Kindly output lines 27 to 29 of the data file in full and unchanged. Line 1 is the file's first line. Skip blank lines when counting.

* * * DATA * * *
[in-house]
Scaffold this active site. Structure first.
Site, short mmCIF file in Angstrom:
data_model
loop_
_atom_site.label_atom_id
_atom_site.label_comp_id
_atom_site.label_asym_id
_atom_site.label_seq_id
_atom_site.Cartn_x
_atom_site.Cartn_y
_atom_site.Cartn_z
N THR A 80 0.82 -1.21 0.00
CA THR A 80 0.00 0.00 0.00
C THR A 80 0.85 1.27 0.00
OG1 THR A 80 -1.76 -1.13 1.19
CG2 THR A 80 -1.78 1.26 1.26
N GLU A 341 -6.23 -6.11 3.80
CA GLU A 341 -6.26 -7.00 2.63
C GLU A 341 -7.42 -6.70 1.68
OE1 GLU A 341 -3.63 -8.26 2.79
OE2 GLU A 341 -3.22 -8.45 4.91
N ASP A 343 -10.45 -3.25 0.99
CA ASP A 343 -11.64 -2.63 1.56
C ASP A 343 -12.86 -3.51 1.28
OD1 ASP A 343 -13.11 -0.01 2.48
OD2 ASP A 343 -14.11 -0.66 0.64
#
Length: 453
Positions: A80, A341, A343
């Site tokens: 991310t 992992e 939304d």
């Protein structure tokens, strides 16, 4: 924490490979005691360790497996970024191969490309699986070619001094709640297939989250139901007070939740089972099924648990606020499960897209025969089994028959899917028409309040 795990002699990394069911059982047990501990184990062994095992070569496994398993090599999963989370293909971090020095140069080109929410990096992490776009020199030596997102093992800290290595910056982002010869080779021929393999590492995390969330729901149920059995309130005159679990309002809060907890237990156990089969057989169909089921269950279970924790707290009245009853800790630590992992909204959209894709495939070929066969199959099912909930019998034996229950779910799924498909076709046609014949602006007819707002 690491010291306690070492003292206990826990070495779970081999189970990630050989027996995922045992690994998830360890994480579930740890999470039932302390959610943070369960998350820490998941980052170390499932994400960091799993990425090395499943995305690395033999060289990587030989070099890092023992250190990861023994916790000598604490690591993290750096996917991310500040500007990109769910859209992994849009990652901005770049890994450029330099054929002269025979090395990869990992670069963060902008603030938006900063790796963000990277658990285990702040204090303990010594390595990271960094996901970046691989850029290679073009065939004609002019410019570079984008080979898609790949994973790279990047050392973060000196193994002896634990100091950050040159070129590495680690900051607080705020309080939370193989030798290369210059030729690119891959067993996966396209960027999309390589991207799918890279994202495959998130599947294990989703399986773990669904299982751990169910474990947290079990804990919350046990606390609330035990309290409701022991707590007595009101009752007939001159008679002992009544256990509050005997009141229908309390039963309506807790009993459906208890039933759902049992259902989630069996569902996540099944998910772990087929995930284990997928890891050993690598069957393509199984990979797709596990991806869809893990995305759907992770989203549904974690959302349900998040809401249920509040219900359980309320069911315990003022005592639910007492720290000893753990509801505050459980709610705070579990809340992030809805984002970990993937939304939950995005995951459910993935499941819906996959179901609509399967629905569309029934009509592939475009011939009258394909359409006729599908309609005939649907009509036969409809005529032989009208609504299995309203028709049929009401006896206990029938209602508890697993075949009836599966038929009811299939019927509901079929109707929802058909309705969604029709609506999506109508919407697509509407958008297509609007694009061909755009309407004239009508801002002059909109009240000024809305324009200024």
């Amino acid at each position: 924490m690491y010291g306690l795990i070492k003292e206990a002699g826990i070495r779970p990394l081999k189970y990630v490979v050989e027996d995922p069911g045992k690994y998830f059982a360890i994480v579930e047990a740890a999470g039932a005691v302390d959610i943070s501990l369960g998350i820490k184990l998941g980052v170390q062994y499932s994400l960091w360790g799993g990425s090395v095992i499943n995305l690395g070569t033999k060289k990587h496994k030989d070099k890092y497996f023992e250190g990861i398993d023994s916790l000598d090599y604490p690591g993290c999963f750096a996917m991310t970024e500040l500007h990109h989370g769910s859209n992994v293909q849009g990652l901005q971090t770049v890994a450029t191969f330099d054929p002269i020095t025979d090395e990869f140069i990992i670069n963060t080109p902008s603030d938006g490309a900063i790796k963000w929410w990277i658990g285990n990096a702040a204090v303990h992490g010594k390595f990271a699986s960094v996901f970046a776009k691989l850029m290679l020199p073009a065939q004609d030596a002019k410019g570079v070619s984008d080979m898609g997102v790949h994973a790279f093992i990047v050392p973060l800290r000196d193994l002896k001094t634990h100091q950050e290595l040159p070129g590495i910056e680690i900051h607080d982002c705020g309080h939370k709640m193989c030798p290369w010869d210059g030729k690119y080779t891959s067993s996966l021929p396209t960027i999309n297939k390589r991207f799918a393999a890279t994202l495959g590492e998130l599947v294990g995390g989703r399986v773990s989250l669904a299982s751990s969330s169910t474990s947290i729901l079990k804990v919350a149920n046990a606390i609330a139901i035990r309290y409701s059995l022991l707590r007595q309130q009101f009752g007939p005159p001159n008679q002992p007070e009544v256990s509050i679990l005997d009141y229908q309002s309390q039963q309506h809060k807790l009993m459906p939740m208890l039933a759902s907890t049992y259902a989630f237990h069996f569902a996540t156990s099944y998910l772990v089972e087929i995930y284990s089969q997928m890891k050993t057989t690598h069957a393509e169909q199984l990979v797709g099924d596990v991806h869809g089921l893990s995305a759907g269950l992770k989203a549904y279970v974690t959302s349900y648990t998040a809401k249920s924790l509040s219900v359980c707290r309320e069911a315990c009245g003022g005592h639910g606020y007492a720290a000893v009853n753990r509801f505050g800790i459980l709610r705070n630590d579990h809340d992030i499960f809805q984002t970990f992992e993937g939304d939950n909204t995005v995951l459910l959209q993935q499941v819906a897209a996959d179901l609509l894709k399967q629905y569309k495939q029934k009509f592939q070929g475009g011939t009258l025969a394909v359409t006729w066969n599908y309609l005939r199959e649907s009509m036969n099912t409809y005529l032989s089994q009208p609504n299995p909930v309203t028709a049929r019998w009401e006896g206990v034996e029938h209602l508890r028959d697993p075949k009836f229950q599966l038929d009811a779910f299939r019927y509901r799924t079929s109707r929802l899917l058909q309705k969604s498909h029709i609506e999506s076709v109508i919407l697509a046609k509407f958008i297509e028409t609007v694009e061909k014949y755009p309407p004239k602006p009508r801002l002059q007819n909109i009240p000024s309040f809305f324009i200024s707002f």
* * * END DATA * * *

OD2 ASP A 343 -14.11 -0.66 0.64
#
Length: 453